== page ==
ABSTRACT: Allogeneic hematopoietic cell transplantation is the main curative therapy for patients with chronic myeloid leukemia who do not respond to tyrosine kinase inhibitors. It has been proposed that non-human leukocyte antigen gene polymorphisms influence outcome after hematopoietic cell transplantation and could be used alongside traditional patient-donor and transplant characteristics to create a recipient risk profile associated with allogeneic hematopoietic cell transplantation.
A previous study from the European Group for Blood and Marrow Transplantation showed that the absence of recipient tumor necrosis factor receptor II, absence of donor interleukin 10 ATA/ACC and presence of donor interleukin 1 receptor antagonist allele 2 genotypes were associated with decreased survival and increased non-relapse mortality in adult patients with chronic myeloid leukemia undergoing myeloablative human leukocyte antigen-identical sibling transplantation. To explore these associations in unrelated donor transplantation, these polymorphisms were genotyped in 383 adult patients with chronic myeloid leukemia who underwent hematopoietic cell transplantation from unrelated donors matched for 10/10 human leukocyte antigens.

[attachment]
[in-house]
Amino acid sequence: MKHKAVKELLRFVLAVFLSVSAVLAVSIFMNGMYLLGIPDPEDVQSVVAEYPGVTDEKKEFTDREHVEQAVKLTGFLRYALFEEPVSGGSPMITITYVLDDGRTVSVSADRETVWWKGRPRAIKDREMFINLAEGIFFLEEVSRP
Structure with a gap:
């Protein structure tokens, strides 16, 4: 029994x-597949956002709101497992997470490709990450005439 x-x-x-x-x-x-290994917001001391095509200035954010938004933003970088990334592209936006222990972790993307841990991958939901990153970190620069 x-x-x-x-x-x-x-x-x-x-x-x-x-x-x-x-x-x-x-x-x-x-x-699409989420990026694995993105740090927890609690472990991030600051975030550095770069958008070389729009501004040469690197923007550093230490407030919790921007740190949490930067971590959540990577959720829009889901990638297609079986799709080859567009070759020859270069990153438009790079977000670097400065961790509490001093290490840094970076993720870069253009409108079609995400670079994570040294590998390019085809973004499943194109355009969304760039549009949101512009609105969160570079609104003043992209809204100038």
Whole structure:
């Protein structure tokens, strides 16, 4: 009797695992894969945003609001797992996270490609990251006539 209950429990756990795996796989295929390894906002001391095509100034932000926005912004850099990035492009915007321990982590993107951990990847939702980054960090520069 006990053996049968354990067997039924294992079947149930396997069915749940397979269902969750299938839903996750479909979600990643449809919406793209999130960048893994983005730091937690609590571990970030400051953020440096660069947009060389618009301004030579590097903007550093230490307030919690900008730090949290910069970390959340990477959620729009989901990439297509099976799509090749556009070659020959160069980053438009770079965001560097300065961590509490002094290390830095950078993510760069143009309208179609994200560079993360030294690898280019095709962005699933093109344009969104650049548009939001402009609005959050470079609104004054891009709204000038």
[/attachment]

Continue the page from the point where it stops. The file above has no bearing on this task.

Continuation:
The polymorphisms were not associated with overall survival, non-relapse mortality, relapse or acute graft-versus-host disease in the unrelated donor cohort. Comparison of the unrelated donor and human leukocyte antigen-identical sibling cohorts showed differences in survival and clinical characteristics.
We did not confirm that non-human leukocyte antigen polymorphisms were associated with outcomes in myeloablative unrelated donor hematopoietic cell transplantation for chronic myeloid leukemia, possibly because of the strong association between clinical variables and outcome which masked more subtle genetic effects.
Haematologica 01/2012; 97(7):1014-9. · 6.42 Impact Factor